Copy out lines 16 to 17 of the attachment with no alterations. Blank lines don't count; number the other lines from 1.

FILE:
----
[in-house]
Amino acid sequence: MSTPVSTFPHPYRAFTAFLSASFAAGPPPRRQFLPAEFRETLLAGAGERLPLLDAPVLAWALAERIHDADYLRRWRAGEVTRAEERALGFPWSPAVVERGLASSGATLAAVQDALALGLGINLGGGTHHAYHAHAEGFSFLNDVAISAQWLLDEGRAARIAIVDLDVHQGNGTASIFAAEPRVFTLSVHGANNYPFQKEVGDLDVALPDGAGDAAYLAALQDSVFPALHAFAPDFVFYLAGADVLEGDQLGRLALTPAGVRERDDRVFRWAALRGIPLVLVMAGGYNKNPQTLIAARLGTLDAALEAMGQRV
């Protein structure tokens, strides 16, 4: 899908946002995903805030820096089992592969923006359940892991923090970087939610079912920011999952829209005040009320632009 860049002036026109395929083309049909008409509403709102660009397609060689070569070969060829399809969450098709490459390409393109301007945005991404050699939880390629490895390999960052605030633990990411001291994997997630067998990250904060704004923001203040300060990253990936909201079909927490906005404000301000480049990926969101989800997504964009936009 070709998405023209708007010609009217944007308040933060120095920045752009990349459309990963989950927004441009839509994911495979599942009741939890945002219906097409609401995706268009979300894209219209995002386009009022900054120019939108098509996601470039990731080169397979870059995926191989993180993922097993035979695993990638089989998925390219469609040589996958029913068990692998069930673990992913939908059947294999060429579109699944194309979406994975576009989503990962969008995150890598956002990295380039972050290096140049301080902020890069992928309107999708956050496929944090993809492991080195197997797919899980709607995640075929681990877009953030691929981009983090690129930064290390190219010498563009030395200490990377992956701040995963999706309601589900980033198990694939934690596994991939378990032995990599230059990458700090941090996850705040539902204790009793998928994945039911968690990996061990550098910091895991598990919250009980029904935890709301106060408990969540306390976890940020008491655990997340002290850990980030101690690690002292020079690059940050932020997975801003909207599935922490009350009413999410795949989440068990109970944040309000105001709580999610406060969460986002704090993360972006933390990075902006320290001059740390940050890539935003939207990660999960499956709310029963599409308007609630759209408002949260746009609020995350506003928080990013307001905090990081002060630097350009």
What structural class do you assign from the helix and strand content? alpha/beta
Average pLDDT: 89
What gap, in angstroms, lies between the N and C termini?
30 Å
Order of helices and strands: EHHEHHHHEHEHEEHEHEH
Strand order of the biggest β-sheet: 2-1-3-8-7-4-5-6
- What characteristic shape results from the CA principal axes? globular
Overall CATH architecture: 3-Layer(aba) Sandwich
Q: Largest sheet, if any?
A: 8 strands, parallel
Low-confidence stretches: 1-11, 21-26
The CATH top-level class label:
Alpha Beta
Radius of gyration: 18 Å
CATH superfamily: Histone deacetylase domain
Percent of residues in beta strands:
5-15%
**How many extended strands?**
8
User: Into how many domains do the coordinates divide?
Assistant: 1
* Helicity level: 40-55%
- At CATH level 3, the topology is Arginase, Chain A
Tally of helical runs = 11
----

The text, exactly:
Alpha Beta
Radius of gyration: 18 Å